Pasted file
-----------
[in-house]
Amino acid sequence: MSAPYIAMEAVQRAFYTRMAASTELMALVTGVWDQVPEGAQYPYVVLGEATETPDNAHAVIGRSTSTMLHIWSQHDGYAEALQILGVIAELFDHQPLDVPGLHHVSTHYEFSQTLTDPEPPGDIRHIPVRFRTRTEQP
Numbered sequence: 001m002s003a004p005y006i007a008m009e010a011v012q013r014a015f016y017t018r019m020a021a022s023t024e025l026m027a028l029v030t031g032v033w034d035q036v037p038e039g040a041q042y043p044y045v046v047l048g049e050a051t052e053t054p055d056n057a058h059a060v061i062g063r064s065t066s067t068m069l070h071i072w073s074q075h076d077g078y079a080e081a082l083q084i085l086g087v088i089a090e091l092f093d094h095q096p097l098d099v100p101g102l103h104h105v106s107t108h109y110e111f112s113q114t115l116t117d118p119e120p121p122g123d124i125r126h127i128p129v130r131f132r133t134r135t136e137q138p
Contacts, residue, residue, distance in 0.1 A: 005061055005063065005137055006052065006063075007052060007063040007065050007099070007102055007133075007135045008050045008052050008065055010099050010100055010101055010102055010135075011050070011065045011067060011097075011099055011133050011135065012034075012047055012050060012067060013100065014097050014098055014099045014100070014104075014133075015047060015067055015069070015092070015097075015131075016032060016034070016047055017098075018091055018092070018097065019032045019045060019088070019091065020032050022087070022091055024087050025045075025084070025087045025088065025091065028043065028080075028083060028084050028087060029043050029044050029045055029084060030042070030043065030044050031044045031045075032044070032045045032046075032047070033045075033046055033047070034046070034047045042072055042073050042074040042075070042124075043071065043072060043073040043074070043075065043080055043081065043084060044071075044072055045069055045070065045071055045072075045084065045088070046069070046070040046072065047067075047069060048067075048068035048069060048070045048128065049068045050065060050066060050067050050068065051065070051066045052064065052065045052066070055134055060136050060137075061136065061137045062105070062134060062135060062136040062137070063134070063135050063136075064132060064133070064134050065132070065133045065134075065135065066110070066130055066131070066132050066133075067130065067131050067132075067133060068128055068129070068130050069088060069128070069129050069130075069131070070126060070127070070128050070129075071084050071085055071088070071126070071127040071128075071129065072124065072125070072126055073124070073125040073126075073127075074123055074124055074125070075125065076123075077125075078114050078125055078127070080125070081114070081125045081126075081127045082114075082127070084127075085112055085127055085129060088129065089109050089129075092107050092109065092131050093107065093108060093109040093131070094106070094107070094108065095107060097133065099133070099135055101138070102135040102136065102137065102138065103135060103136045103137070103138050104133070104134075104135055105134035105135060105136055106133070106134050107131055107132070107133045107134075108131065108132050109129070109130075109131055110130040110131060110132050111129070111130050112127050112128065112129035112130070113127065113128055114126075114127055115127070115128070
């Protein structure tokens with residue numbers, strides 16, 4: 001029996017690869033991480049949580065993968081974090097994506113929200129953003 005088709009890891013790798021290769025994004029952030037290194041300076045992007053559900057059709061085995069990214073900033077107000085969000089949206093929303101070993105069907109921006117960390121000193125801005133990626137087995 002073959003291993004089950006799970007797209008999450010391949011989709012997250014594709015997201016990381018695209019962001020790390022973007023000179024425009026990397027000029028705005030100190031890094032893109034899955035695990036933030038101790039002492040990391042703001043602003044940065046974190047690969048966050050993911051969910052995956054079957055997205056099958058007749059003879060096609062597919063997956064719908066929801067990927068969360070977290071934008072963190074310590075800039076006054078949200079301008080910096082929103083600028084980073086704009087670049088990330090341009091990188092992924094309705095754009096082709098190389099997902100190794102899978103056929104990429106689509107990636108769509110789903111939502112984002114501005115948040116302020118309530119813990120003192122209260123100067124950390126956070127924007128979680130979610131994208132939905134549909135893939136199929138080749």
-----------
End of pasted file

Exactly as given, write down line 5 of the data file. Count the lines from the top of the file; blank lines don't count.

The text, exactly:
């Protein structure tokens with residue numbers, strides 16, 4: 001029996017690869033991480049949580065993968081974090097994506113929200129953003 005088709009890891013790798021290769025994004029952030037290194041300076045992007053559900057059709061085995069990214073900033077107000085969000089949206093929303101070993105069907109921006117960390121000193125801005133990626137087995 002073959003291993004089950006799970007797209008999450010391949011989709012997250014594709015997201016990381018695209019962001020790390022973007023000179024425009026990397027000029028705005030100190031890094032893109034899955035695990036933030038101790039002492040990391042703001043602003044940065046974190047690969048966050050993911051969910052995956054079957055997205056099958058007749059003879060096609062597919063997956064719908066929801067990927068969360070977290071934008072963190074310590075800039076006054078949200079301008080910096082929103083600028084980073086704009087670049088990330090341009091990188092992924094309705095754009096082709098190389099997902100190794102899978103056929104990429106689509107990636108769509110789903111939502112984002114501005115948040116302020118309530119813990120003192122209260123100067124950390126956070127924007128979680130979610131994208132939905134549909135893939136199929138080749």